that had lived—so briefly—in its glassed world?
Or the year she refused to go to her father’s house?
Was this the holding-her-breath girl she became there?
.
This plump child in her rolled-down socks
I sometimes wanted to haul back inside me
and carry safe again.   What was her fierce
commitment?   I never understood.
We just lived with the dead winged thing
as part of her, as part of us,
weightless in its heavy jar.

 

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We Believe

We’ve been in DC for about a month so far, and a lot of people still don’t know exactly what I’m doing here. That’s because I never actually said what I’m doing here, so I’ll fix that now.

I have two part-time placements. On Sunday mornings, and two other days during the week, you can find me at Northminster Presbyterian Church, where I’m working on a number of projects (if you want more info on the church, check out their website. I just finished rebuilding it). My primary job is to start a service program at the church, which means that my work here involves a lot of creativity and energy to reach out and build partnerships with local organizations. I also have been immersed in a really loving church community. I’m sure I’ll have many posts about the community here in the future.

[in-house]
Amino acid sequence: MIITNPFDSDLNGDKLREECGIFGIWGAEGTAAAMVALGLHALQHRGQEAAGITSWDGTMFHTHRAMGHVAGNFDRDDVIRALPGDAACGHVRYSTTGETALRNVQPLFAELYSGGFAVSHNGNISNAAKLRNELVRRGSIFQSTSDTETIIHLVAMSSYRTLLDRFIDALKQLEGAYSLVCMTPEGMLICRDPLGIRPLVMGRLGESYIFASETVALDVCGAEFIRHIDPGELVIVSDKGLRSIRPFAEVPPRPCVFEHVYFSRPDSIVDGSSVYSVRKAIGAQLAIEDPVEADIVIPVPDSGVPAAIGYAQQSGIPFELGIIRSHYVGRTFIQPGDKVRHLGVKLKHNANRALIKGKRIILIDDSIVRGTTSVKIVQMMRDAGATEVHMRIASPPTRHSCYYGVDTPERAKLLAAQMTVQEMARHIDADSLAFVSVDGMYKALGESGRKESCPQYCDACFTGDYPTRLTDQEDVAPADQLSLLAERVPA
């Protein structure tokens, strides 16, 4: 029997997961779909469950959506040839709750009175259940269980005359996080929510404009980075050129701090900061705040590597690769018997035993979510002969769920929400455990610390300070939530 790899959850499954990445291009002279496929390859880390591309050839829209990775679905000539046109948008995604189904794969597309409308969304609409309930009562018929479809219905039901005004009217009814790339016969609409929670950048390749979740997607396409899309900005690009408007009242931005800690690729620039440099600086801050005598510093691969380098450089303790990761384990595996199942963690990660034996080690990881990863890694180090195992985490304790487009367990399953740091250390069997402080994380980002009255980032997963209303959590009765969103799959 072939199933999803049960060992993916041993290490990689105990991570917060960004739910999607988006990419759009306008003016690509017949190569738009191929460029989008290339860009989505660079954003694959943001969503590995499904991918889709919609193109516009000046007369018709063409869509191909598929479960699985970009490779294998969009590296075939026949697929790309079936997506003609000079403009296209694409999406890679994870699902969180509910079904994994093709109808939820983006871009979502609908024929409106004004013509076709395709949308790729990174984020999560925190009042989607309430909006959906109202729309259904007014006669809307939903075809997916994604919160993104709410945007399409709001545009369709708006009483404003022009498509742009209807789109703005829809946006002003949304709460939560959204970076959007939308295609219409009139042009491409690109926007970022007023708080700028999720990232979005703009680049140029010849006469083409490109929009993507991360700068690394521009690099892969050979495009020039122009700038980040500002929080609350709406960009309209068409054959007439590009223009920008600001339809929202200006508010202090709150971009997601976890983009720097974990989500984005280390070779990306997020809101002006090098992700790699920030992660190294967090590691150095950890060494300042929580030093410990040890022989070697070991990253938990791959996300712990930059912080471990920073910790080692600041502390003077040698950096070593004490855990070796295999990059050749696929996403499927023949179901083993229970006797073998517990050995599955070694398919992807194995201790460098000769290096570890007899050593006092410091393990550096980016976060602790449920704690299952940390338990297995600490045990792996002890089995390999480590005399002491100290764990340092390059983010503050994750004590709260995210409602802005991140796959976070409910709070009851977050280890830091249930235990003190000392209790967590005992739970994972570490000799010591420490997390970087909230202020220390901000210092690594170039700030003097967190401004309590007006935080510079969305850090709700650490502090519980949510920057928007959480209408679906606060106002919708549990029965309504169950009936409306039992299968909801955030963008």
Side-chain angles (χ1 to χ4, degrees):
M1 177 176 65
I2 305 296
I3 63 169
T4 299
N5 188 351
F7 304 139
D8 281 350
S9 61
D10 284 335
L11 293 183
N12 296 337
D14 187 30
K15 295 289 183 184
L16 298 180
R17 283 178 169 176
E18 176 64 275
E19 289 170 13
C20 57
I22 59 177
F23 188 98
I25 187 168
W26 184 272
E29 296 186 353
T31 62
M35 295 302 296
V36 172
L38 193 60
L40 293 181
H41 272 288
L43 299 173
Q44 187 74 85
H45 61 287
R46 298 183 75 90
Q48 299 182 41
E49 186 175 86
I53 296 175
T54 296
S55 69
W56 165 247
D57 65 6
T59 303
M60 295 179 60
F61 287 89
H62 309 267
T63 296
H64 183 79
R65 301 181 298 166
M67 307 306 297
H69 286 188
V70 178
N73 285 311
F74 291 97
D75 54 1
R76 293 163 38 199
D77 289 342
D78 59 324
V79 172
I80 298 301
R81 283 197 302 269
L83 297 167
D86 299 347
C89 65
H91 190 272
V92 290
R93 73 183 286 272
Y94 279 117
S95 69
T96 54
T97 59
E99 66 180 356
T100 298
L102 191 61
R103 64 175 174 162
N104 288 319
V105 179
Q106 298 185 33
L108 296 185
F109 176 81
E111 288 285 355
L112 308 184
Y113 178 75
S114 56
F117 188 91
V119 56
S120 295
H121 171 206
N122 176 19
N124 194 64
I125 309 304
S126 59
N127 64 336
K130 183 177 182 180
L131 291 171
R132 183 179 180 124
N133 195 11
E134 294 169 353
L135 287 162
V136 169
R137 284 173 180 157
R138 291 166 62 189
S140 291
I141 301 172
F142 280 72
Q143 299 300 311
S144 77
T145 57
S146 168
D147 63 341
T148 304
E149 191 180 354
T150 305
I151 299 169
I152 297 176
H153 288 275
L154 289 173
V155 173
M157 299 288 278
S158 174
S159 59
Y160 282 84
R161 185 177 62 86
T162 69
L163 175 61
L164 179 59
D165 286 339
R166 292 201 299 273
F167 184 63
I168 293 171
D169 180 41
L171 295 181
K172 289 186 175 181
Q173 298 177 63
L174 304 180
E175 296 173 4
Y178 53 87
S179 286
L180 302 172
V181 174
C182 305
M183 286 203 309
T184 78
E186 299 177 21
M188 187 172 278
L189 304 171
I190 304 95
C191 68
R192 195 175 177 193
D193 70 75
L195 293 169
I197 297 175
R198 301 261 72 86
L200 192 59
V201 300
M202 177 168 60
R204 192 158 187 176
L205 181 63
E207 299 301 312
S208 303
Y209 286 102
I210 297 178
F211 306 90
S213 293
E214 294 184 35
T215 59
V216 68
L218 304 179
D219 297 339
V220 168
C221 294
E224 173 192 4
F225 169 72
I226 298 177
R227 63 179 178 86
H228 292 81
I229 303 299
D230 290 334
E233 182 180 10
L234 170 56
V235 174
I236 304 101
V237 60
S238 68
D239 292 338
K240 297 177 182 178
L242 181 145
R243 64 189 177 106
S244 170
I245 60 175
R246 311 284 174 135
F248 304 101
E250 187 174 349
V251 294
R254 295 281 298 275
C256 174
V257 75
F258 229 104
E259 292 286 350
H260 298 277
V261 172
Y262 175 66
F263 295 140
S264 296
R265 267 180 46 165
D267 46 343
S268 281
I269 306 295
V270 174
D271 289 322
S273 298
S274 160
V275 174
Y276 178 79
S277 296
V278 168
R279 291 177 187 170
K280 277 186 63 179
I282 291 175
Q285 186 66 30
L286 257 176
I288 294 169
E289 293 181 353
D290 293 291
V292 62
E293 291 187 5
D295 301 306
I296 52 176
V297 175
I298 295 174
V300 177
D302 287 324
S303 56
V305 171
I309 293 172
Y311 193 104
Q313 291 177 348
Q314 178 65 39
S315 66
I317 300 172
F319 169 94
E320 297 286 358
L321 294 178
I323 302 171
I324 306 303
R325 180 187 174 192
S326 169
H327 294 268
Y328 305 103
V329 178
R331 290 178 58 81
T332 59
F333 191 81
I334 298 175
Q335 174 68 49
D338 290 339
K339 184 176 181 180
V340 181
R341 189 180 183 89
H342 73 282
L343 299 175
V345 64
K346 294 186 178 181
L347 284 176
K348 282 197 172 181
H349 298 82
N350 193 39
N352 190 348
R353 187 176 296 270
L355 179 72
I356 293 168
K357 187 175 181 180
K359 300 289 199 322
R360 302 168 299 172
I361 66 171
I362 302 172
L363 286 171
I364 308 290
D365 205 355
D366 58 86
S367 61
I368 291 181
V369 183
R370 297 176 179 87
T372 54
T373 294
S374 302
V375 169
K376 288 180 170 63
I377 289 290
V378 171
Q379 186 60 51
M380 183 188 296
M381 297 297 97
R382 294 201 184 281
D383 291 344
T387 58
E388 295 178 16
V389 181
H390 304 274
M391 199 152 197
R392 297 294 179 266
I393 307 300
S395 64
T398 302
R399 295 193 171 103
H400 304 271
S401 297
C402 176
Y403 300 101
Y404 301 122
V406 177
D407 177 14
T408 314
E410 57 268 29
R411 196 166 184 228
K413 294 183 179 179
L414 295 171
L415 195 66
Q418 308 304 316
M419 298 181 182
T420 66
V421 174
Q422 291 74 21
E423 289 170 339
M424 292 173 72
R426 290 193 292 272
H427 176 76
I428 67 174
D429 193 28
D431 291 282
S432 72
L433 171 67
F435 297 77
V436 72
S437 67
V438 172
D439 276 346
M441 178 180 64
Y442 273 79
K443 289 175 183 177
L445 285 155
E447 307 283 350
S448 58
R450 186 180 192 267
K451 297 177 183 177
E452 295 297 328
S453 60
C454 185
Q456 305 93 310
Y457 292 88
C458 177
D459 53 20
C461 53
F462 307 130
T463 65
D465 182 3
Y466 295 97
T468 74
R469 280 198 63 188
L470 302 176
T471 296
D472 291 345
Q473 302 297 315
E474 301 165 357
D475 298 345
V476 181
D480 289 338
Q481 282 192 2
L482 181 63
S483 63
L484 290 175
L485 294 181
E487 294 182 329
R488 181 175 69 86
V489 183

The rest of the week, you’ll find me at the Presbyterian Office of Public Witness. OPW is the Presbyterian office on Capitol Hill. I get to build a policy profile and do advocacy work on the issues that interest me, reaching out to our various partners on the hill (different faith coalitions, etc) as well as directly to lawmakers. You would not think my job at Northminster has much in common with my second placement, but I find the collaborative energy to be shockingly similar, even if the environments vary greatly.